The COVID‐19 pandemic, caused by the SARS‐CoV‐2 virus, is associated with significant morbidity and mortality due to pneumonia, acute respiratory distress syndrome (ARDS) and multiorgan failure. Liver injury has been reported as a non‐pulmonary manifestation of COVID‐19 but characterization of liver test abnormalities and their association with clinical outcomes is incomplete. We conducted a retrospective cohort study of 1827 patients with confirmed COVID‐19 who were hospitalized within the Yale‐New Haven Health System (YNHHS) between March 14, 2020 and April 23, 2020. Clinical characteristics, liver tests (AST, ALT, ALP, TBIL, albumin) at three time points (pre‐infection baseline, admission, peak hospitalization), and hospitalization outcomes (severe COVID‐19, ICU admission, mechanical ventilation, death) were analyzed. Abnormal liver tests were commonly observed in hospitalized patients with COVID‐19, both at admission (AST 66.9%, ALT 41.6%, ALP 13.5%, TBIL 4.3%) and peak hospitalization (AST 83.4%, ALT 61.6%, ALP 22.7%, TBIL 16.1%). Most patients with abnormal liver tests at admission had minimal elevations 1‐2x ULN (AST 63.7%, ALT 63.5%, ALP 80.0%, TBIL 75.7%). A significant proportion of these patients had abnormal liver tests pre‐hospitalization (AST 25.9%, ALT 38.0%, ALP 56.8%, TBIL 44.4%). Multivariate analysis revealed an association between abnormal liver tests and severe COVID‐19, including ICU admission, mechanical ventilation, and death; associations with age, male gender, BMI, and diabetes mellitus were also observed. Medications used in COVID‐19 treatment (lopinavir/ritonavir, hydroxychloroquine, remdesivir, and tocilizumab) were associated with peak hospitalization liver transaminase elevations >5x ULN.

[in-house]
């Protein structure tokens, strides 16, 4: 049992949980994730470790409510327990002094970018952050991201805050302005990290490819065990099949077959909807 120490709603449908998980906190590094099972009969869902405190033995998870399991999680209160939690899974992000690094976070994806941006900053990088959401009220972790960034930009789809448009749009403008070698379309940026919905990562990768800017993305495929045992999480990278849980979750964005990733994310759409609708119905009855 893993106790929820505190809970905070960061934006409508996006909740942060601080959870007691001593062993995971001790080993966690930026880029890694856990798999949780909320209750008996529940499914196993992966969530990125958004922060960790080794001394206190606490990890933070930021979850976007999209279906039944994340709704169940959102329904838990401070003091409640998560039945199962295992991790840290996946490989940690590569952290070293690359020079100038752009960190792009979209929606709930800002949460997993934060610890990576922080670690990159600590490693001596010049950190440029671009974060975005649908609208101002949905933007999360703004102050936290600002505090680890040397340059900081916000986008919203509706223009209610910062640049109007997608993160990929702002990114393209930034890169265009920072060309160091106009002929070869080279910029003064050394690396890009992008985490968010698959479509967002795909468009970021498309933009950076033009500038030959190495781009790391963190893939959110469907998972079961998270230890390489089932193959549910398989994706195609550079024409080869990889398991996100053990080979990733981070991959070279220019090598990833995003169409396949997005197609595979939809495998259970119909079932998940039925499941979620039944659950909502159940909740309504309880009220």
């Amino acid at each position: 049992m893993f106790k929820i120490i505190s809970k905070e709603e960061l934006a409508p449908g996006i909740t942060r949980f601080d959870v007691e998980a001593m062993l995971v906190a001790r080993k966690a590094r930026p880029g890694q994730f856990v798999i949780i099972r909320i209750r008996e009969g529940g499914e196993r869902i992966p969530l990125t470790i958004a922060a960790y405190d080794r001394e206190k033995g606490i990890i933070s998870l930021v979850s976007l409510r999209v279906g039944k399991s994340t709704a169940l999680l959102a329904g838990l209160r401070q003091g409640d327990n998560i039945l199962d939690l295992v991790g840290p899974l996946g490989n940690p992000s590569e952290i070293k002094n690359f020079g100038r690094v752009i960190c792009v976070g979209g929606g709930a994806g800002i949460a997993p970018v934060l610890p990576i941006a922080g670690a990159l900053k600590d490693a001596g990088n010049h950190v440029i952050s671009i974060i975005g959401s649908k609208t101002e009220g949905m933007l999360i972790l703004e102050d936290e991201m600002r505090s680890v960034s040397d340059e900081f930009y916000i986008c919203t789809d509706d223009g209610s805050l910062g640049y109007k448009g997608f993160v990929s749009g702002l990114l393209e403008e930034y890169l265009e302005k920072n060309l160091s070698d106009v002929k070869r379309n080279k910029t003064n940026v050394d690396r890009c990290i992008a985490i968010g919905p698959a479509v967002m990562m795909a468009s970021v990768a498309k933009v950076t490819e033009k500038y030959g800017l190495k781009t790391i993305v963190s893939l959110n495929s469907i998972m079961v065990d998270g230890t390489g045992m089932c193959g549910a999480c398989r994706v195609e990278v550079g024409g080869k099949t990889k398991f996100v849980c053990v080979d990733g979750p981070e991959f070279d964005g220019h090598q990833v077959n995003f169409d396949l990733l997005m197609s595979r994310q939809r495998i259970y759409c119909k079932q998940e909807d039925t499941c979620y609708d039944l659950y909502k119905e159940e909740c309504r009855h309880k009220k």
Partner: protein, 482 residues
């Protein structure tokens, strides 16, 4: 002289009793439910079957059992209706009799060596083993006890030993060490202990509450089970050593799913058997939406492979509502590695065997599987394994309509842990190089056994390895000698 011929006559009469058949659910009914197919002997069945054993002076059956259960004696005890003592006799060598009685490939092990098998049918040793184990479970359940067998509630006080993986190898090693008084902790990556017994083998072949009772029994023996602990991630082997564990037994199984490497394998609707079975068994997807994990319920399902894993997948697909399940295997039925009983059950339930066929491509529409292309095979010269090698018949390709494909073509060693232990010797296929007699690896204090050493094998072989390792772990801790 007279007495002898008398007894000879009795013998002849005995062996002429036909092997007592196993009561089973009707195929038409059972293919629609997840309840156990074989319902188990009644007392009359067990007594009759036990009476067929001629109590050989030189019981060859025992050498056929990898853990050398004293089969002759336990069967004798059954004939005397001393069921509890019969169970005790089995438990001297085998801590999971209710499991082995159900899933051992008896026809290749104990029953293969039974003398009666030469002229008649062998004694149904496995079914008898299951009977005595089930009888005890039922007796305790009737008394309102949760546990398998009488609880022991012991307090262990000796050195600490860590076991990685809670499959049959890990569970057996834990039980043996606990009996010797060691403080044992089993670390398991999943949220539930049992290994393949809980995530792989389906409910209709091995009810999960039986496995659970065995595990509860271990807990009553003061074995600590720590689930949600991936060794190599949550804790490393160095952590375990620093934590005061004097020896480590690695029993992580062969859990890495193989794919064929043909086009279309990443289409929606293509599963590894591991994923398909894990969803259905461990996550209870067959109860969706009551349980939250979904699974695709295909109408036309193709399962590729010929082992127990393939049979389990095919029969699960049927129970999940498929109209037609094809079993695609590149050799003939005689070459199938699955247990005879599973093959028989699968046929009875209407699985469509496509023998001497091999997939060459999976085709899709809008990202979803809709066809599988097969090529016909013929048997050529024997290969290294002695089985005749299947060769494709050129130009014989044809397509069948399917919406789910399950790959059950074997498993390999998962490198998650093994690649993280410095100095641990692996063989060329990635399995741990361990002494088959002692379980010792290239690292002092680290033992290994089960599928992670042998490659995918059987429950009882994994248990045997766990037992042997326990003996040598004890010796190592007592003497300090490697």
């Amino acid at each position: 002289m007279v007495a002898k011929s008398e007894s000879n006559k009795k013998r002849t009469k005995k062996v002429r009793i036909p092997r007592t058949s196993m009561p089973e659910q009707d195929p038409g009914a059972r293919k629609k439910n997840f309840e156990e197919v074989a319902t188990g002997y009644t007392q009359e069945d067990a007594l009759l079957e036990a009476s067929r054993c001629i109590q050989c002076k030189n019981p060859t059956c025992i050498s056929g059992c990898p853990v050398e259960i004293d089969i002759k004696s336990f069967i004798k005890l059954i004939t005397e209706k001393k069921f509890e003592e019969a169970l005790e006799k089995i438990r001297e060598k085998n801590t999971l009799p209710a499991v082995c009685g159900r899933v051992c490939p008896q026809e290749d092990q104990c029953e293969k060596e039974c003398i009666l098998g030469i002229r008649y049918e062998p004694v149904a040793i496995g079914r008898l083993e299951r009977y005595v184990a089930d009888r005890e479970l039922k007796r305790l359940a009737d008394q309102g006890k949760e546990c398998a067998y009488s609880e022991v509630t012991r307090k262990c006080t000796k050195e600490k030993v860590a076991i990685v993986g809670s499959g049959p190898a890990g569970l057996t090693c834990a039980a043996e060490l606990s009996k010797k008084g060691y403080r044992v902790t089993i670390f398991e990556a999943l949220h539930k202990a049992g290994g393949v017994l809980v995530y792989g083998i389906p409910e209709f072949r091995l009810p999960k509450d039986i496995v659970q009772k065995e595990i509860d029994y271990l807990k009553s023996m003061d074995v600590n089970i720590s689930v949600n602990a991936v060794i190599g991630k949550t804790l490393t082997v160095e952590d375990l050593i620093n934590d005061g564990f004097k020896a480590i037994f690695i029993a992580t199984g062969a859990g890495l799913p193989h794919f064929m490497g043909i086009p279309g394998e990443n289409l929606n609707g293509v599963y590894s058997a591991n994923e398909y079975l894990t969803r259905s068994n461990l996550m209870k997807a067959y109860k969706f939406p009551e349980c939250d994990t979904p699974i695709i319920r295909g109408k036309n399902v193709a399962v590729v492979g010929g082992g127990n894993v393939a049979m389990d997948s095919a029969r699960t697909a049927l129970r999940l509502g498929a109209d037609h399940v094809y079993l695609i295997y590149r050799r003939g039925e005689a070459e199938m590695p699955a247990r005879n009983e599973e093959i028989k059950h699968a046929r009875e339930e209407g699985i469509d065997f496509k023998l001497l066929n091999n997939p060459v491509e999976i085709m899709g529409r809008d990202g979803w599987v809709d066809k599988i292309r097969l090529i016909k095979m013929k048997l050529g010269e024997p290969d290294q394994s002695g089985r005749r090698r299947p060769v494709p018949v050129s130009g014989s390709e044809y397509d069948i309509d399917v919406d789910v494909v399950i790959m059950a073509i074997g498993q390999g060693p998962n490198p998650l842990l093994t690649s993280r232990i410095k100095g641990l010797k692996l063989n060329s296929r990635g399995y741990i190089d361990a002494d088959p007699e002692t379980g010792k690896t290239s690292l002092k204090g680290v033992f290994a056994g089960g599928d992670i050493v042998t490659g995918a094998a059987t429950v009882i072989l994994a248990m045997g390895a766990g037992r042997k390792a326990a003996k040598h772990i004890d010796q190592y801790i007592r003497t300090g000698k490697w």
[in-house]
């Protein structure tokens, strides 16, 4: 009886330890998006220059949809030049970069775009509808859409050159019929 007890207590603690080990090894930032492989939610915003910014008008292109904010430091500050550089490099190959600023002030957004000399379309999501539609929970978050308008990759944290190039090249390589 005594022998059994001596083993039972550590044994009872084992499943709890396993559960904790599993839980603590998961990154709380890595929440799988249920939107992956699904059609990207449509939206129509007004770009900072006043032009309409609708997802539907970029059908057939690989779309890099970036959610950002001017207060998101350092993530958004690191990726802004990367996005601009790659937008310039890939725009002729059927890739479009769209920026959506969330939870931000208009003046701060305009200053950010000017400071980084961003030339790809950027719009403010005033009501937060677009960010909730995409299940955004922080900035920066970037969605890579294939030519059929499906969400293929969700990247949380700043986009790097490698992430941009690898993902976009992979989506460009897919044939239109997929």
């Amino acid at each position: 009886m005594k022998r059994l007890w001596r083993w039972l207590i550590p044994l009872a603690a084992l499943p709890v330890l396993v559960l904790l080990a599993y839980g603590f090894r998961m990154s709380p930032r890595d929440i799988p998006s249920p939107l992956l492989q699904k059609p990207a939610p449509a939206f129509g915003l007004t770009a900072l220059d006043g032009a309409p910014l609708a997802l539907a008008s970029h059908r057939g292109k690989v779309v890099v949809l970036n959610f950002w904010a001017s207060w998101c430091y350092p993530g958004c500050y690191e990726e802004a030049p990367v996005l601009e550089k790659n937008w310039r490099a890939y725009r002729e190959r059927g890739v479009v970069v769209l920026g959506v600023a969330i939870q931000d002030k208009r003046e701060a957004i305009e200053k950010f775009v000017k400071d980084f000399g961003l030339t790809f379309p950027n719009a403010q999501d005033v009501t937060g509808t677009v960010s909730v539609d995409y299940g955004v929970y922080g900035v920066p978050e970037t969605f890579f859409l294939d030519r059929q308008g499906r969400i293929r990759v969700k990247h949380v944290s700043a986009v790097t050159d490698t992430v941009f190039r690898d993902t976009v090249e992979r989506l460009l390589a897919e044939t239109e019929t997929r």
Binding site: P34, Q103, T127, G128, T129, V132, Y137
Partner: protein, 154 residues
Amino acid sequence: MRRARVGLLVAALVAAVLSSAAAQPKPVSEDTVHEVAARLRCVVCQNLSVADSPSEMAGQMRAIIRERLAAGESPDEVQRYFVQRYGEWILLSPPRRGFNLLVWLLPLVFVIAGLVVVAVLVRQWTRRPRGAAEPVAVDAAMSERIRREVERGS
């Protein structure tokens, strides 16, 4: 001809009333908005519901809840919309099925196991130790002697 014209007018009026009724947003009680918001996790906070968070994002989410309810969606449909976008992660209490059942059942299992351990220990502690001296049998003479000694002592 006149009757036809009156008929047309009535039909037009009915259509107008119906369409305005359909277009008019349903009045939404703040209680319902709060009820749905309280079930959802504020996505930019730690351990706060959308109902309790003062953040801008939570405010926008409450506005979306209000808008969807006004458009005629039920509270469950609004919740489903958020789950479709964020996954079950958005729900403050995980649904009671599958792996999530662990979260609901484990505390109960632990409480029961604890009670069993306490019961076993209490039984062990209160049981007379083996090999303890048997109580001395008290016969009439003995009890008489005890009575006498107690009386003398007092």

Conclusion: Abnormal liver tests occur in most hospitalized patients with COVID‐19 and may be associated with poorer clinical outcomes.

Melanie A Hundt, Yanhong Deng, Maria M Ciarleglio, Michael H Nathanson, Joseph K Lim


[link url=""]Yale University material[/link]


[link url=""]Hepatology abstract[/link]